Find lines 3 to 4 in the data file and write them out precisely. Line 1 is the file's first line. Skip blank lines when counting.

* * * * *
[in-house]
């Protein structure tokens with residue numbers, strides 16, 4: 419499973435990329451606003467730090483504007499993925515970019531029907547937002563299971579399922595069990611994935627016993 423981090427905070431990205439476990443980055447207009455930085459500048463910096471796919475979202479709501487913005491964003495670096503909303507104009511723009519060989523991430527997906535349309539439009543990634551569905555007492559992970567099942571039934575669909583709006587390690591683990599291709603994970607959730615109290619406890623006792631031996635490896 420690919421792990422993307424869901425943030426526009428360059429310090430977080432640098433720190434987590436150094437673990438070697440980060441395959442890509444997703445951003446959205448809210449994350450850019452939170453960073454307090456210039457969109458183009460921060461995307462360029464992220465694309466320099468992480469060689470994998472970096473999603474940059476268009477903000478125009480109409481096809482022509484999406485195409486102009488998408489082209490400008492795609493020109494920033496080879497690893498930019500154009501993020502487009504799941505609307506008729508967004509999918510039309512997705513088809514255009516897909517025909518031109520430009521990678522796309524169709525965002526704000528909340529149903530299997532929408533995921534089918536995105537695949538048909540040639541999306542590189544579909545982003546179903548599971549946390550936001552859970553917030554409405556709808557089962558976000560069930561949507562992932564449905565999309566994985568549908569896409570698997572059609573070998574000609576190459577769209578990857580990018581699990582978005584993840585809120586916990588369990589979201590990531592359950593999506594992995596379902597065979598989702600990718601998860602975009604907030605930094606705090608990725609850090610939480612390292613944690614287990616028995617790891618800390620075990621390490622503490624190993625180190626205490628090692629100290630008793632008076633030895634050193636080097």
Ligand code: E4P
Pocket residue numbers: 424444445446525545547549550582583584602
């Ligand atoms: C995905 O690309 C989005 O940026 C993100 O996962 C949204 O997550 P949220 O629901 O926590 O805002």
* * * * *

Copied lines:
Ligand code: E4P
Pocket residue numbers: 424444445446525545547549550582583584602